June 8 George Floyd protest news

By Melissa Macaya, Mike Hayes, Meg Wagner and Emma Reynolds, CNN

Updated 9:43 a.m. ET, June 9, 2020
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6:14 a.m. ET, June 8, 2020

Macron asks French interior minister to look into police violence

From CNN's Pierre Barrin in Paris

People raise their fists as they kneel in front of riot policemen during a 'Black Lives Matter' protest in Paris, on June 6.
People raise their fists as they kneel in front of riot policemen during a 'Black Lives Matter' protest in Paris, on June 6. Geoffroy Van Der Hasselt/AFP/Getty Images

French President Emmanuel Macron has asked the country's interior minister to look into police violence with a view to improving "the ethics of the police," according to a government statement.

After last week's protests, Macron met the prime minister, the interior minister and other officials over the weekend, the Elysée Palace said in a statement early Monday morning. 

"The president has asked the minister of interior to quickly complete the work, begun last January, which consisted in making proposals to improve the ethics of the police," the release added.

There was a 41% increase in internal investigations into police violence between 2018 and 2019, according to a report released on Sunday by the police force's internal watchdog.

On Tuesday last week, more than 20,000 protesters gathered in front of the main Paris court demanding an end to police violence, and in support of the Black Lives Matter movement in the US following the death in custody of George Floyd.

The organizers of the protests also demanded justice for Adama Traoré, a 24-year-old black French man who died in police custody in Paris four years ago.

Several protests against racism and police violence have taken place all over France in recent days, including three in Paris on Saturday.

All of the demonstrations went ahead in defiance of French authorities, since measures banning gatherings of more than 10 people are in place to prevent the spread of Covid-19.

8:37 a.m. ET, June 8, 2020

Picture of George Floyd appears on famous Bethlehem site for political graffiti

From CNN's Abeer Salman in Bethlehem

A Palestinian man walks past graffiti of George Floyd in Bethlehem in the occupied West Bank on June 7.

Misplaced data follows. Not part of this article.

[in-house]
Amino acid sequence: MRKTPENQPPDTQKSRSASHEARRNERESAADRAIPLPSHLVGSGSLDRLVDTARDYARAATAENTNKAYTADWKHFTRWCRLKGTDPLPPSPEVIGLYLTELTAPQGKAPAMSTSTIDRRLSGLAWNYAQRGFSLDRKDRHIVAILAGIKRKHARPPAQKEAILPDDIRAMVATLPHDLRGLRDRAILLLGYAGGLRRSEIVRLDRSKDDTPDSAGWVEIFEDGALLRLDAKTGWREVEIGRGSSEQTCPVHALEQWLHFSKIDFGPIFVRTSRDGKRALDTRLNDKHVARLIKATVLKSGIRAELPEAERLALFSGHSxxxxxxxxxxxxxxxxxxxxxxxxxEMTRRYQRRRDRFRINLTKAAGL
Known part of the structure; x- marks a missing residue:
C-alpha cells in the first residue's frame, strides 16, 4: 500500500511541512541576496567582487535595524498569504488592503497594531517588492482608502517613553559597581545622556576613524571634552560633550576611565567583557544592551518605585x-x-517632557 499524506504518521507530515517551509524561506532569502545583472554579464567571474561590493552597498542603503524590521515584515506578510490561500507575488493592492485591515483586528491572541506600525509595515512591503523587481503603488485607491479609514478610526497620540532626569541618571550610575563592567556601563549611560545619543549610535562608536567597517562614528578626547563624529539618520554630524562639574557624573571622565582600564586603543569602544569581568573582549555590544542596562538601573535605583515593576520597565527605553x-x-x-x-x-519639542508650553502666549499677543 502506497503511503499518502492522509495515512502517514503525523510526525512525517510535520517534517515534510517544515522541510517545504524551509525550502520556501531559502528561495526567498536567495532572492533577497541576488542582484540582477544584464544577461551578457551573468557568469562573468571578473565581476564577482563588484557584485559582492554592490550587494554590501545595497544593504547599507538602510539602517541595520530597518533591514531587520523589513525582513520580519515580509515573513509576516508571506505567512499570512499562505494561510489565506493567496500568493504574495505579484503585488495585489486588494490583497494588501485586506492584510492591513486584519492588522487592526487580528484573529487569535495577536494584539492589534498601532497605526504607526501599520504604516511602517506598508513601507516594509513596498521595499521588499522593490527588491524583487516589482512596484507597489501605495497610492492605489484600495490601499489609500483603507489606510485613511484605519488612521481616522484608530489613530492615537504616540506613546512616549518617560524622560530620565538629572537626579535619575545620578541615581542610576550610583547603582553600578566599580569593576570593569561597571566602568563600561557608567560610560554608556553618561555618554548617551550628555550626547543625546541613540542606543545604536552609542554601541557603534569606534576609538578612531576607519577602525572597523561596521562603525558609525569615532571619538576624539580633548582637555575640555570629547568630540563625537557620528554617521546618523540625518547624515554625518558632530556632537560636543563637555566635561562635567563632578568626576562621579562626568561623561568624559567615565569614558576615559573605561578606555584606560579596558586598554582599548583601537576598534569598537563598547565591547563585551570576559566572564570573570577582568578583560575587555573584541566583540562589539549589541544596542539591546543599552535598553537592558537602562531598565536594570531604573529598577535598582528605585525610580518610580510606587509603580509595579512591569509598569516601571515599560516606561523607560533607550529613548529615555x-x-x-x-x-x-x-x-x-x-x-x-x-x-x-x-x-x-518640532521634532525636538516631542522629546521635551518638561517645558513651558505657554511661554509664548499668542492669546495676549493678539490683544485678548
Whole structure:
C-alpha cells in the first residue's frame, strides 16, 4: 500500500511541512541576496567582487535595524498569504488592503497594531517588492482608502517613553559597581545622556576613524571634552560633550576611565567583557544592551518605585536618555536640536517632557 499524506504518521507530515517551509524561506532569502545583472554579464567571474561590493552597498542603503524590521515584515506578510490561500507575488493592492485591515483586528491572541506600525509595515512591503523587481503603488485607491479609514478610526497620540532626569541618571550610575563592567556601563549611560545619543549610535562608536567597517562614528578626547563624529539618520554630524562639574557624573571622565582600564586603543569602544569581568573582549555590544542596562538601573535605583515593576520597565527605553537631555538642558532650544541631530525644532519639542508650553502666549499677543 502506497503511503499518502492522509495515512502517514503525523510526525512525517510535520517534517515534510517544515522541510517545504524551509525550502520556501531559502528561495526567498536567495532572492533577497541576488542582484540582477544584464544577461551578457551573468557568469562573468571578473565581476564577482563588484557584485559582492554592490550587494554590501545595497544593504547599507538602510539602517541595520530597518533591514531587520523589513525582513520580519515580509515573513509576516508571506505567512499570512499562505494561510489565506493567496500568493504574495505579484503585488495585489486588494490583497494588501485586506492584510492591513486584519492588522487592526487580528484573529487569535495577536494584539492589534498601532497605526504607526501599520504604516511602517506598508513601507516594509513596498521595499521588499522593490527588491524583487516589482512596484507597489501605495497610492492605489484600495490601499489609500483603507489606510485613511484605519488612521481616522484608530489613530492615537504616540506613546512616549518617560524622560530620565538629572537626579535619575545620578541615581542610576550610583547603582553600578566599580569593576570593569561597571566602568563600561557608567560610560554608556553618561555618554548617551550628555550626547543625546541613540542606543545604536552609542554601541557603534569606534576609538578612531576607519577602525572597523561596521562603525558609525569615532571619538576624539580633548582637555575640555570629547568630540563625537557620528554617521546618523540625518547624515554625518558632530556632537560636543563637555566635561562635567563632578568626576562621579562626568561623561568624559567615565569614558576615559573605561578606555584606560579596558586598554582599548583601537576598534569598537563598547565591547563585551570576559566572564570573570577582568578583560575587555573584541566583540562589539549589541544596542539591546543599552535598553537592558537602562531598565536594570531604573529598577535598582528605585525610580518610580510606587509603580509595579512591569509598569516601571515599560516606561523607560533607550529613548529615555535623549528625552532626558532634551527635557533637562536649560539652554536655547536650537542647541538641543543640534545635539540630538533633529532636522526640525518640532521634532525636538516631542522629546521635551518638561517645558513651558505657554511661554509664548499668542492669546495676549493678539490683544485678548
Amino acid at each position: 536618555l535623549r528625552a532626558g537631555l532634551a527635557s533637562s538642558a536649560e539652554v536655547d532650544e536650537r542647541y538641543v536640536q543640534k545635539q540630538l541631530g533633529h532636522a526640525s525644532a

A Palestinian man walks past graffiti of George Floyd in Bethlehem in the occupied West Bank on June 7. Musa Al Shaer/AFP/Getty Images

A picture of George Floyd has appeared in the Palestinian city of Bethlehem on the concrete wall built by Israel that separates it from the West Bank. 

Since it went up almost 20 years ago, a response to the violence of the second intifada, or armed uprising, the wall has become one of the world’s most famous canvases for political graffiti.

The wall's latest addition shows George Floyd wearing a hooded top, colored blue, staring out to meet the viewer’s gaze -- a version of one of the most widely circulated images of him, a photo taken against a brick wall.

What else is on the wall? Other depictions to appear in recent years in Bethlehem include Donald Trump with his hand against the Western Wall in Jerusalem, with the speech bubble, "I'm going to build you a brother," a reference to his campaign promise to erect a wall on the US’s southern border with Mexico.

There is also a large mural of Ahed Tamimi, the Palestinian teenager who has become a face of resistance to occupation. Tamimi was given an eight-month prison sentence after she was filmed kicking and slapping an Israeli soldier at the entrance to her family’s house.

The wall is also a popular site for sloganeering. "Make hummus not walls," reads one message.

5:05 a.m. ET, June 8, 2020

Derek Chauvin will appear in court for the first time on two-week anniversary of George Floyd's death

From CNN's Christina Maxouris

The third and final memorial service for George Floyd will be held Monday in Houston, the city he grew up in before moving to Minneapolis, where he died at the hands of a police officer.

Ex-Minneapolis officer Derek Chauvin, the officer who is seen on video kneeling on Floyd’s neck, is charged with second-degree murder, which comes with a maximum sentence of 40 years.

Chauvin is also charged with third-degree murder and second-degree manslaughter, which come with maximum sentences of 25 years and 10 years respectively. It is unclear whether, if convicted of those additional charges, Chauvin’s sentences would be served concurrently or consecutively. That would be at the discretion of the judge.